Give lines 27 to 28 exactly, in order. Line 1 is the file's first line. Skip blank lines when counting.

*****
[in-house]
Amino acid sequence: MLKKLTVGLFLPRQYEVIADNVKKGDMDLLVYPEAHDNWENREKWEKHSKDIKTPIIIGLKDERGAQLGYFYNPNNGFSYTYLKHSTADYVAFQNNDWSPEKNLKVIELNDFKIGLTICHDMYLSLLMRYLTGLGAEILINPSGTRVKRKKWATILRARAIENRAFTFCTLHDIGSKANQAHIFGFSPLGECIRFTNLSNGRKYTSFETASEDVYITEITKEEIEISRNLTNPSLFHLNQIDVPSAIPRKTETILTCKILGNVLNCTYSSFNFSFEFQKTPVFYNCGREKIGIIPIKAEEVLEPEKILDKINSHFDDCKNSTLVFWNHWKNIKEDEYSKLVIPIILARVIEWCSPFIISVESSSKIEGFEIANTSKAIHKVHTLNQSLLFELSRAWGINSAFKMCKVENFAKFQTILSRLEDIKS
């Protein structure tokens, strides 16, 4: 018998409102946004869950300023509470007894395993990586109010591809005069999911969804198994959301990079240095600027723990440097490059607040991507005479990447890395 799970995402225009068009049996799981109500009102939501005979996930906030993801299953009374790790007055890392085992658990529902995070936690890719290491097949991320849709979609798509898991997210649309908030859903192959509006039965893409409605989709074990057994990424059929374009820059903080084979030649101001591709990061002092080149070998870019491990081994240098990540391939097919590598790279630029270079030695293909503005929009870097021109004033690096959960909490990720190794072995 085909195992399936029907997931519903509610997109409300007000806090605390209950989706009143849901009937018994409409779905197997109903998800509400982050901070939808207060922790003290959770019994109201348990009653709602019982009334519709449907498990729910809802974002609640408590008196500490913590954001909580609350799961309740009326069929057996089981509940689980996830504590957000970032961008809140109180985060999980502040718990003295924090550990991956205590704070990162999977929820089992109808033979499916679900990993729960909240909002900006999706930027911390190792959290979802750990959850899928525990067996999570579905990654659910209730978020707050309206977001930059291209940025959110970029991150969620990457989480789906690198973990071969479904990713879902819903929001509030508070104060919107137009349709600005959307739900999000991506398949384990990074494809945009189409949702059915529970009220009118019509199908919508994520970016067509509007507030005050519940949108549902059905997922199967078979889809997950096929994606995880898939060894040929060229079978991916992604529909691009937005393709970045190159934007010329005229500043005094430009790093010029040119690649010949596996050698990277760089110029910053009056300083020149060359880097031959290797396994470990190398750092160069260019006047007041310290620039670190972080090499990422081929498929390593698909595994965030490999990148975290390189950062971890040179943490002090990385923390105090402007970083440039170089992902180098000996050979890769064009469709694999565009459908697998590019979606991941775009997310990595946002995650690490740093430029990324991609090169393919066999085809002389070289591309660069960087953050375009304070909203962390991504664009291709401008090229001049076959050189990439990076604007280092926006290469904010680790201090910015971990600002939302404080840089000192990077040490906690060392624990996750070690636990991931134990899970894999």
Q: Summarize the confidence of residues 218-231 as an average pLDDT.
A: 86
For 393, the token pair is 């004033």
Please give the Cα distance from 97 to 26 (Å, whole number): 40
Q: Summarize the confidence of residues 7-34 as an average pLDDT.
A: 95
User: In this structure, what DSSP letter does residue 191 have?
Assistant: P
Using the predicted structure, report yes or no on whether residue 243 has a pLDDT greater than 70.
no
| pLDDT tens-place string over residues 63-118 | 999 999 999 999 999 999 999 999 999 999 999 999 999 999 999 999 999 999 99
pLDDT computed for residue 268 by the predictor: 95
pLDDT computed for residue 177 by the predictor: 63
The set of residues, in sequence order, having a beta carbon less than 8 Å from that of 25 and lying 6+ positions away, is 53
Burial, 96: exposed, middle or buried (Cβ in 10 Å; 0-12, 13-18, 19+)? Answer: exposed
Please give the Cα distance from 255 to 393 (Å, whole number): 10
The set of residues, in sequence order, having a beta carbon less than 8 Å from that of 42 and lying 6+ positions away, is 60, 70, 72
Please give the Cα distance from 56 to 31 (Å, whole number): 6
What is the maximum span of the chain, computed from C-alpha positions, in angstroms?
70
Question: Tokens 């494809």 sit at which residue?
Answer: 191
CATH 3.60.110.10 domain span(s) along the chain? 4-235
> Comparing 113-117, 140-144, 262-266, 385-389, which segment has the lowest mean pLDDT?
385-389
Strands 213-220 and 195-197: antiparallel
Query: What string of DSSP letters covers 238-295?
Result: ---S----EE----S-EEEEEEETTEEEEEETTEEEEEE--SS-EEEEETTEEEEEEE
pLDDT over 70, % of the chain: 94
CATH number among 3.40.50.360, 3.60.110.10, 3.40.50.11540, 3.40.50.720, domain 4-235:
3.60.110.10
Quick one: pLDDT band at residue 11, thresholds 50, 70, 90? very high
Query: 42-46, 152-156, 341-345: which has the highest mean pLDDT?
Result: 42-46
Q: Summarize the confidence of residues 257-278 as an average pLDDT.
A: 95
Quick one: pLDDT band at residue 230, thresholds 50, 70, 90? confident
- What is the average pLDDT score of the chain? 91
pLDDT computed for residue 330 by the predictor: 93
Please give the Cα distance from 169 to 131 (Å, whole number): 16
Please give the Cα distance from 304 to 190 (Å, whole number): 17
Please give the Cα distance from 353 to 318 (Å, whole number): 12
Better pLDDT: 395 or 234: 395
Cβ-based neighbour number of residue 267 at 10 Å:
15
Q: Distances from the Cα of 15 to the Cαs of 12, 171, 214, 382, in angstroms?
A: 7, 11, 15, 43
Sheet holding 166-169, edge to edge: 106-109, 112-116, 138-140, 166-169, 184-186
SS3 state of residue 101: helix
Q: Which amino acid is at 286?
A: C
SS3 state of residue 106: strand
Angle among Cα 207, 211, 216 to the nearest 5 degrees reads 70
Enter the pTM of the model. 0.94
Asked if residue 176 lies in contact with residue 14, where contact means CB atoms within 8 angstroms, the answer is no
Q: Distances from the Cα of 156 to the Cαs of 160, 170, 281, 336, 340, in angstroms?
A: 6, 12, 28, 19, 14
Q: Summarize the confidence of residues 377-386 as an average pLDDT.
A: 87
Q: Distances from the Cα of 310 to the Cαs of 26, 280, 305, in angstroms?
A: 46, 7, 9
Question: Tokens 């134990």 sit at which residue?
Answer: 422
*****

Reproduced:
> Comparing 113-117, 140-144, 262-266, 385-389, which segment has the lowest mean pLDDT?
385-389